The continuously growing demand for the internet has led to improved quality and coverage in homes, working environments and practically everywhere else with electricity. Everybody wants to use the internet, and they choose to utilise it for as many tasks as possible, but not everyone understands exactly what it is and what the terminology surrounding it means.


It’s become the norm to act like broadband and WiFi have the same meaning. In fact, this is a common misconception, and although both WiFi and broadband are closely related, they are not technically the same.


What is the difference between broadband and WiFi?


Broadband and WiFi exist within the same field but each term refers to a different step in the process of accessing the internet. Although often regarded as being the provider of internet coverage, WiFi is actually only a method of connecting to the internet. Using the internet through WiFi means that you’re connected wirelessly.


By talking about WiFi as being the internet as a whole, you’re ruling out alternative options such as gaining the internet on your mobile phone, laptop, desktop computer, tablet or smart television via the traditional method of physically connecting an ethernet cable between the internet router and your chosen device.


While WiFi is sometimes wrongly referred to as the internet as a whole, broadband is merely perceived as being an elaborate nickname for your router. Both of these interpretations are wrong, with broadband actually being the preferred term for the internet used by service providers.


At one stage, it was the case that broadband was only an option for securing your internet connection. When the internet was first released to the world in 1991, dial-up was the only way to receive a connection within your household, with the required transmission being made through your telephone line.This meant not being able to use your landline phone or the internet at the same time and internet speed being painfully slow. However, the arrival of broadband in the early 21st century saw it surpassing dial-up internet by a distance.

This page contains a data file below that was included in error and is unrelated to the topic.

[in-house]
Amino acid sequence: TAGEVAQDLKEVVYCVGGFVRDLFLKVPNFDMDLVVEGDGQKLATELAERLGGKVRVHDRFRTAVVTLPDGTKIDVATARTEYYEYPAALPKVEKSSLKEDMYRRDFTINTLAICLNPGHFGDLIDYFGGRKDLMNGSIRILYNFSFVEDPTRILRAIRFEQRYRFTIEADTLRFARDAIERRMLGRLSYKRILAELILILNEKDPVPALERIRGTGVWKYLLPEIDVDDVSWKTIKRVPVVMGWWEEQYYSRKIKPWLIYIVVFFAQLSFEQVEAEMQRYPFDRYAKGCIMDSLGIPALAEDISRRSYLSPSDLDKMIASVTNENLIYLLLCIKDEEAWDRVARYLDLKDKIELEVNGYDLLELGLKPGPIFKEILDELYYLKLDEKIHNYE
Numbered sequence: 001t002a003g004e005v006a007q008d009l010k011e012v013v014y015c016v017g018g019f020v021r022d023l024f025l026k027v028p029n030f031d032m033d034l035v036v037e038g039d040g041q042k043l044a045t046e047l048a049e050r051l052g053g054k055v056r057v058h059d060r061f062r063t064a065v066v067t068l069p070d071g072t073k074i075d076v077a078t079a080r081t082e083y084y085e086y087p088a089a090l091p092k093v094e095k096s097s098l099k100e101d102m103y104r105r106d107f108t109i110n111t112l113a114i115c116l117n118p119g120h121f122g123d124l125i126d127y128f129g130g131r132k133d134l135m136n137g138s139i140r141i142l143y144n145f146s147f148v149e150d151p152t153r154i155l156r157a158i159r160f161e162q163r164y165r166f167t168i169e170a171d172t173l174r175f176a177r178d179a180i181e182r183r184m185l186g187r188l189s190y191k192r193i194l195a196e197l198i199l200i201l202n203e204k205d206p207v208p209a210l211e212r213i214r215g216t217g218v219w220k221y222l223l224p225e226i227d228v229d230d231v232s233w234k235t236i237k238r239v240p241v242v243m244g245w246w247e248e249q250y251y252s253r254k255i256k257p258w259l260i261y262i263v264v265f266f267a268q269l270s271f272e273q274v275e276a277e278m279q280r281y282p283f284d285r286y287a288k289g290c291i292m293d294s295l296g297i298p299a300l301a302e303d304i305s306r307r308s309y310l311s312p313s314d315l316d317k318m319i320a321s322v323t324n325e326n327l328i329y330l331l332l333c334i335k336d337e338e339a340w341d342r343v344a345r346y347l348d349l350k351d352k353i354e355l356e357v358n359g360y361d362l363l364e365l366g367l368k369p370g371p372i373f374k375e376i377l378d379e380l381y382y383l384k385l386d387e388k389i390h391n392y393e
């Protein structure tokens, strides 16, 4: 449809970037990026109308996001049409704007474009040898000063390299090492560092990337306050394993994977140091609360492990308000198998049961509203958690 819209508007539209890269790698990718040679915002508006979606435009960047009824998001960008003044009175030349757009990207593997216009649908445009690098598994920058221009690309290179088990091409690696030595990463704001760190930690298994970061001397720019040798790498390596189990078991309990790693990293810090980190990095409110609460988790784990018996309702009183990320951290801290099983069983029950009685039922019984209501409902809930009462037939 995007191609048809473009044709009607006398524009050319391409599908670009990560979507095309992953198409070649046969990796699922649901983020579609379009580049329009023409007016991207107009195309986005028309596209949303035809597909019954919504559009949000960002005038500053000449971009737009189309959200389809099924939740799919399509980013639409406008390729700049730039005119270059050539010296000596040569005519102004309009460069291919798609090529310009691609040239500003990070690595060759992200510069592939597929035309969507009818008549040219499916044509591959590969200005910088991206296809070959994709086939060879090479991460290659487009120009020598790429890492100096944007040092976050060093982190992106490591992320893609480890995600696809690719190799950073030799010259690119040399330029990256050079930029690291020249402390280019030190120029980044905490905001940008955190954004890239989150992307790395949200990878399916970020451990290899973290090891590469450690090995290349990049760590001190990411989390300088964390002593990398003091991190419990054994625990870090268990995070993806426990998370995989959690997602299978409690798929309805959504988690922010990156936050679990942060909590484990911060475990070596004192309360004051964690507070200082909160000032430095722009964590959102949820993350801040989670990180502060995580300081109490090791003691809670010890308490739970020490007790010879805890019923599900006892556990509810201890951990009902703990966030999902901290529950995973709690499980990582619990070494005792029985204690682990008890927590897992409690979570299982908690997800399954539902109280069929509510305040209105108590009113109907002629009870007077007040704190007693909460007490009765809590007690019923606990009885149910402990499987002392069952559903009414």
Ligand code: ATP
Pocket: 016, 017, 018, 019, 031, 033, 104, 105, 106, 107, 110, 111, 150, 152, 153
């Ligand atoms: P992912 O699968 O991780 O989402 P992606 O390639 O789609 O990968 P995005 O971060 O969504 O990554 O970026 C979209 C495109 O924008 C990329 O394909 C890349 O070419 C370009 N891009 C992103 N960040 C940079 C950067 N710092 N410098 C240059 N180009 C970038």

There was no competition between dial-up and broadband, as you wouldn’t be able to stream music or videos using a dial-up internet connection, and downloading any-sized file would take a prolonged length of time. Connecting to the internet and making phone calls are now separate - with a lot of landline contracts also catering to this too - and it’s easy to see why.


WiFi router connected to broadband and local area network 

Can you get WiFi without broadband?


Due to the fact that broadband is the internet, it wouldn’t be possible to receive a WiFi internet connection without broadband coverage in your home. You need to make sure that you’ve signed up to a broadband deal with a service provider or accessing home internet coverage through your WiFi simply isn’t possible.


It could be the case that you’re uninterested in the thought of accessing the internet in your home but you might want to use your WiFi to communicate between devices, making a messenger service for everyone within your household. It is possible to do this, but as a WiFi router needs to be attached to an existing internet connection for this to work, you will still need a broadband connection.


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